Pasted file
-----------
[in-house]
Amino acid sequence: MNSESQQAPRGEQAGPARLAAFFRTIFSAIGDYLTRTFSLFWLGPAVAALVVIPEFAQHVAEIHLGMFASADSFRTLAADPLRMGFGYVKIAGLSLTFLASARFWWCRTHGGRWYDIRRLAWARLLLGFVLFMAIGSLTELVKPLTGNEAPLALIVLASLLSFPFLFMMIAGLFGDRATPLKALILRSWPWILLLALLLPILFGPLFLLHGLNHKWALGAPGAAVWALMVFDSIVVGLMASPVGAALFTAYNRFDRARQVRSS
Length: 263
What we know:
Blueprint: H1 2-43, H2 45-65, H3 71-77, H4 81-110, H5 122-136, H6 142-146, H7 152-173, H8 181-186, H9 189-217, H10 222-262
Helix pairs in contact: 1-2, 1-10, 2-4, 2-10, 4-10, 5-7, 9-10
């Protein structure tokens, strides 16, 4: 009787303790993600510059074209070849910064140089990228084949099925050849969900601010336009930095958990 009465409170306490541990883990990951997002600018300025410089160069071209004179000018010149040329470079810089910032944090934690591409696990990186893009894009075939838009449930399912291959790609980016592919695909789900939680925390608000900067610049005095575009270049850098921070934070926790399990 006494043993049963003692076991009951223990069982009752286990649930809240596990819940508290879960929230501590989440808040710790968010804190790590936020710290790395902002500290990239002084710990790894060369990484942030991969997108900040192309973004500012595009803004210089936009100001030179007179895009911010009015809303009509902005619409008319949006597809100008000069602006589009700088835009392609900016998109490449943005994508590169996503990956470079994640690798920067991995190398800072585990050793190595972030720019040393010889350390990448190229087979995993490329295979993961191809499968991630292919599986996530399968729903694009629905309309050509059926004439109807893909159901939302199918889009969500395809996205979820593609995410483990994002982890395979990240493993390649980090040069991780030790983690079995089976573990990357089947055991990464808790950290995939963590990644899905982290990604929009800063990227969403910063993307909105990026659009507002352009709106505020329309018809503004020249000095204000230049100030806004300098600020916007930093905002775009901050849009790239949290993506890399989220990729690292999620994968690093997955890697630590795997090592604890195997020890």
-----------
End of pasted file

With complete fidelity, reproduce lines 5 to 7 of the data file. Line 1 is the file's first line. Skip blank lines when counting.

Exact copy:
Blueprint: H1 2-43, H2 45-65, H3 71-77, H4 81-110, H5 122-136, H6 142-146, H7 152-173, H8 181-186, H9 189-217, H10 222-262
Helix pairs in contact: 1-2, 1-10, 2-4, 2-10, 4-10, 5-7, 9-10
């Protein structure tokens, strides 16, 4: 009787303790993600510059074209070849910064140089990228084949099925050849969900601010336009930095958990 009465409170306490541990883990990951997002600018300025410089160069071209004179000018010149040329470079810089910032944090934690591409696990990186893009894009075939838009449930399912291959790609980016592919695909789900939680925390608000900067610049005095575009270049850098921070934070926790399990 006494043993049963003692076991009951223990069982009752286990649930809240596990819940508290879960929230501590989440808040710790968010804190790590936020710290790395902002500290990239002084710990790894060369990484942030991969997108900040192309973004500012595009803004210089936009100001030179007179895009911010009015809303009509902005619409008319949006597809100008000069602006589009700088835009392609900016998109490449943005994508590169996503990956470079994640690798920067991995190398800072585990050793190595972030720019040393010889350390990448190229087979995993490329295979993961191809499968991630292919599986996530399968729903694009629905309309050509059926004439109807893909159901939302199918889009969500395809996205979820593609995410483990994002982890395979990240493993390649980090040069991780030790983690079995089976573990990357089947055991990464808790950290995939963590990644899905982290990604929009800063990227969403910063993307909105990026659009507002352009709106505020329309018809503004020249000095204000230049100030806004300098600020916007930093905002775009901050849009790239949290993506890399989220990729690292999620994968690093997955890697630590795997090592604890195997020890």